The Strategist

IMF: The monetary union did not equalize the incomes of Europeans


01/30/2018 - 14:20



The economic and monetary union, as its architects expected, was to provide the EU with macroeconomic stability, GDP growth and equalization of the incomes of the population of rich and poor countries, lower interest rates, increase capital mobility and stimulate trade. However, real convergence of incomes did not happen, and forced unification of rates with a continuing gap in inflation and labor productivity resulted in negative consequences, the report of the International Monetary Fund (IMF) said.



Horia Varlan via flickr
Horia Varlan via flickr
Due to the renunciation of monetary sovereignty, the countries that signed the Maastricht Treaty of 1992 expected to lower the cost of borrowing and transactions, and provide greater freedom for trade, capital and labor, the IMF working report notes. However, despite the success of integration, many national governments were unable to implement the proper level of budgetary discipline and carry out the required structural reforms, which led to macroeconomic imbalances and increased productivity gaps within the union. The positive impact of mobility on trade and labor markets turned out to be weak. Transboundary capital flows, with low financial discipline, on the contrary, became a destabilizing factor.

It was expected that the level of prices for basic goods in the countries of the union would equalized, as is inflation, although with the proviso that it will remain higher in countries lagging behind in productivity and income of the population, as prices for non-trade goods will be unified more slowly. Nominal convergence of inflation and interest rates did occur immediately after the introduction of the euro, but the forced unification of low rates with a small but constant difference in inflation slowed the real alignment of economies: lagging countries with higher inflation lost competitiveness and growth opportunities. Inflows of capital to less developed countries increased cyclical fluctuations, increasing systemic risks and fixing the gap in labor productivity.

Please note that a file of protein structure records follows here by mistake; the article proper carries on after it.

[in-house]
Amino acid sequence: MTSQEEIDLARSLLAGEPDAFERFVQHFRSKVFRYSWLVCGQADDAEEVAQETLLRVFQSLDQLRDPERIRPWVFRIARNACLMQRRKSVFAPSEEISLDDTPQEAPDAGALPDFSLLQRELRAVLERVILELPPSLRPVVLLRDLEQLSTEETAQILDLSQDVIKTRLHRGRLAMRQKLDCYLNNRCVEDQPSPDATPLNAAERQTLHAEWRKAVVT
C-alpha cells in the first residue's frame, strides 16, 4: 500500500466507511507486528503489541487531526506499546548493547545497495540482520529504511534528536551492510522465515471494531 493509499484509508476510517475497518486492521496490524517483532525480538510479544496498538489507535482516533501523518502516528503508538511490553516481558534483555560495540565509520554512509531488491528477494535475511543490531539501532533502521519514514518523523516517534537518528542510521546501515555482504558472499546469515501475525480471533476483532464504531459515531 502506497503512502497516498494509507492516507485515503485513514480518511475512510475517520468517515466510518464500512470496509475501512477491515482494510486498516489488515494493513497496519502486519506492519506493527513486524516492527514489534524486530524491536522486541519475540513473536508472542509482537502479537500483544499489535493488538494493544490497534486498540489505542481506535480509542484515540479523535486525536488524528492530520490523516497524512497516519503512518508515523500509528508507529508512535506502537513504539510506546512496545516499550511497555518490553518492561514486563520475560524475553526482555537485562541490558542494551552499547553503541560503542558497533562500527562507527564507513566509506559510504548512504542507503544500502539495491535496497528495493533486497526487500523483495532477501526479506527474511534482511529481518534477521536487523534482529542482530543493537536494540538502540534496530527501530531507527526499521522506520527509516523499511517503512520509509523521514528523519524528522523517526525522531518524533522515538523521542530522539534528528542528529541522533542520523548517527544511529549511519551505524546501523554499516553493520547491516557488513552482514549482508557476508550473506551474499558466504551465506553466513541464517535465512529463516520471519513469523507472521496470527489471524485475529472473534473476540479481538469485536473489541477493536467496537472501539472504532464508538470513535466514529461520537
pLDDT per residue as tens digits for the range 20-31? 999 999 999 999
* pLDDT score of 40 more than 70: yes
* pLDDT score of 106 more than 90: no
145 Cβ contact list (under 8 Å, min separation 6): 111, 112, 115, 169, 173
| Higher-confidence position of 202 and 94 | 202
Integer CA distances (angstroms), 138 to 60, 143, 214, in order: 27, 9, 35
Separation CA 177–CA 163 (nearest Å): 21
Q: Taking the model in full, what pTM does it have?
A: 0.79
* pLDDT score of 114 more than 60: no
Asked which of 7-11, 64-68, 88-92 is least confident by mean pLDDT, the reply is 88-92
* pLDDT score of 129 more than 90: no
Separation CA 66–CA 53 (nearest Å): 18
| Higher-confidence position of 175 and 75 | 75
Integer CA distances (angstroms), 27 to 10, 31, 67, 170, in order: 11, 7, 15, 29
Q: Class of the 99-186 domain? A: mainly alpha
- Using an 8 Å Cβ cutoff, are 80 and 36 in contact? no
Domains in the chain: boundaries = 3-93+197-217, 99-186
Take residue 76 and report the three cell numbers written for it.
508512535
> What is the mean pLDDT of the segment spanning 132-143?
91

As a result, there was no real rapprochement between the "old" members of the monetary union. In Germany, for example, the size of GDP has already significantly exceeded the pre-crisis level, then it will return to its previous values no earlier than the mid-2020s in Italy. The growth of GDP and productivity did not lead to equalization of incomes of the population of rich and poor countries. Some leveling of unemployment was stopped by the financial crisis, which revealed centrifugal trends in the economy. However, in countries that joined the euro area later, unification, on the contrary, is faster.

The IMF calls the growing gap in real incomes a threat to social stability and cohesion. To overcome possible shocks and increase economic efficiency, a more vigorous policy will be needed. There have to be important steps, namely, creation of a banking union and the strengthening of the coordination of macroeconomic policies of countries. In addition, the EU needs to revise the budget rules to strengthen countercyclical policies and ensure revenue administration, and complete the formation of a banking union and capital markets union and carry out structural reforms to improve labor productivity. As national governments demonstrate little progress in this direction, greater coordination is required at the level of the euro area, the IMF concludes.

In fact, the Fund's recommendations fit into the framework of the road map for deepening the economic and monetary integration of the Union, developed by the European Commission: it provides for the creation of the European Monetary Fund and the introduction of the post of a pan-European Minister of Economy and Finance, strengthening fiscal discipline and supporting countries in carrying out structural reforms.

source: imf.org

 




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